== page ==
In addition, other alternatives to uranium that could be further developed include solar power through solar panels, electrolysing water to form hydrogen for fuel cells Source 11 or even geothermal energy from converting heat underground into electricity, with the advantage of being available 24 hours a day. Source 12 The virtue ethics framework is relevant to these actions as they are dependent on the engagements of research institutions and engineers through innovating new advances in generating renewable energy. Professionalism with every aspect is mandatory! Following this virtue ethics framework, consequentialism is also applicable. Poor regulation, improper funding for maintenance and disposal of waste, and focus on the energy requirements instead of considering the consequences of actions could and have resulted in catastrophic events transpiring.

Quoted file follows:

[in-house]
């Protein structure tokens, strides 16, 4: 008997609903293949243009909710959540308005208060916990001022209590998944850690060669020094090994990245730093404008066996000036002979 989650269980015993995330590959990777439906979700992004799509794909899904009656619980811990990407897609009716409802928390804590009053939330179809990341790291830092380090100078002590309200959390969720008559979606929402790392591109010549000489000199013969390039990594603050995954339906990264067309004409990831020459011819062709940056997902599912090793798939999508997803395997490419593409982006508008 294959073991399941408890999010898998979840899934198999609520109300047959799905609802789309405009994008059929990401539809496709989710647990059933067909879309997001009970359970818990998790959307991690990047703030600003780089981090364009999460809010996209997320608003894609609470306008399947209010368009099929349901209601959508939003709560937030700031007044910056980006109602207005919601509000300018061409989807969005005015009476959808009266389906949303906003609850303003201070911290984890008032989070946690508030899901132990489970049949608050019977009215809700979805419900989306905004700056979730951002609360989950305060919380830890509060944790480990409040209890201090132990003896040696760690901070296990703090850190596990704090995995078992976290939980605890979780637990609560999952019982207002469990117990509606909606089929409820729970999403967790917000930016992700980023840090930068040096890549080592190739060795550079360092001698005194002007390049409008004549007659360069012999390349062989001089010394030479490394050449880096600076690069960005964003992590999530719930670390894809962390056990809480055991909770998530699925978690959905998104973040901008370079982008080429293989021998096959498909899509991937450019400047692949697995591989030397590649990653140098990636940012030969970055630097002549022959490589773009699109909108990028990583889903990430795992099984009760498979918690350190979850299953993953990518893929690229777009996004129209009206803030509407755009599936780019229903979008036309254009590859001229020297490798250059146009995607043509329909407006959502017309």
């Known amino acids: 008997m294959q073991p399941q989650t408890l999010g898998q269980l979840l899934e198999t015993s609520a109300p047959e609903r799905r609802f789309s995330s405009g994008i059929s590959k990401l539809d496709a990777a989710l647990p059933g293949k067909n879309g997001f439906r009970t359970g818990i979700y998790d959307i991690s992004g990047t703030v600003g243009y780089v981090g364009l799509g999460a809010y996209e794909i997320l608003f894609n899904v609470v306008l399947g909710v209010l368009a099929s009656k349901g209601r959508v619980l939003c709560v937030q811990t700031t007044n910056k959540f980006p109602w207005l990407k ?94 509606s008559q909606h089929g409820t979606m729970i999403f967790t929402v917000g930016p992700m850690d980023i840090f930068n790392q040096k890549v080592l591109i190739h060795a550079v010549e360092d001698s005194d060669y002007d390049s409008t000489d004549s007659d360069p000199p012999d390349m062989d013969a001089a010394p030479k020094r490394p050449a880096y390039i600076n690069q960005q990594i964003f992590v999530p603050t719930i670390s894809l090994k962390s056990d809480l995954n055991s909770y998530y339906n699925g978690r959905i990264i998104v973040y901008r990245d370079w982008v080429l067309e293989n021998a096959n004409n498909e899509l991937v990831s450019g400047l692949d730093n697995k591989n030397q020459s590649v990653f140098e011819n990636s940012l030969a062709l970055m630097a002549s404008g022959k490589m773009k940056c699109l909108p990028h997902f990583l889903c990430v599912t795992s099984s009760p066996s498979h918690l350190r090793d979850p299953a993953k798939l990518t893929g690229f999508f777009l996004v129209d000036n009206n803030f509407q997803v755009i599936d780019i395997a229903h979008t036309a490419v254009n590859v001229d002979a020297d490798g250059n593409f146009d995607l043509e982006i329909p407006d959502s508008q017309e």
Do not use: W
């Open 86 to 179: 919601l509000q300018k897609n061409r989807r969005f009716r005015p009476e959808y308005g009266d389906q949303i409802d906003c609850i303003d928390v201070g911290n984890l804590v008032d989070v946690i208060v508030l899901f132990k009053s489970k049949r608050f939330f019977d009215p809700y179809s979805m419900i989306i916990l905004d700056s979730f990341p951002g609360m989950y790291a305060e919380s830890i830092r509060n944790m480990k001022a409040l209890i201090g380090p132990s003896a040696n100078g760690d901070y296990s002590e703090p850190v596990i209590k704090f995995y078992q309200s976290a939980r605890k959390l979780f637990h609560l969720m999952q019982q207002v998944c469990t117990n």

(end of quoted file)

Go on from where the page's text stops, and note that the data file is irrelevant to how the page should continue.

In conclusion, Nuclear power is outdated, dangerous and serves only to alleviate energy demands. Taking virtue ethics into account, is nuclear power a necessity? Even if so, greater steps need to be taken to ensure safety with regard to precautionary measures and regulations.
Group 77: Napoleon Escasinas, Alex Goodier, Lloyd Hans, Narinderjit Sangha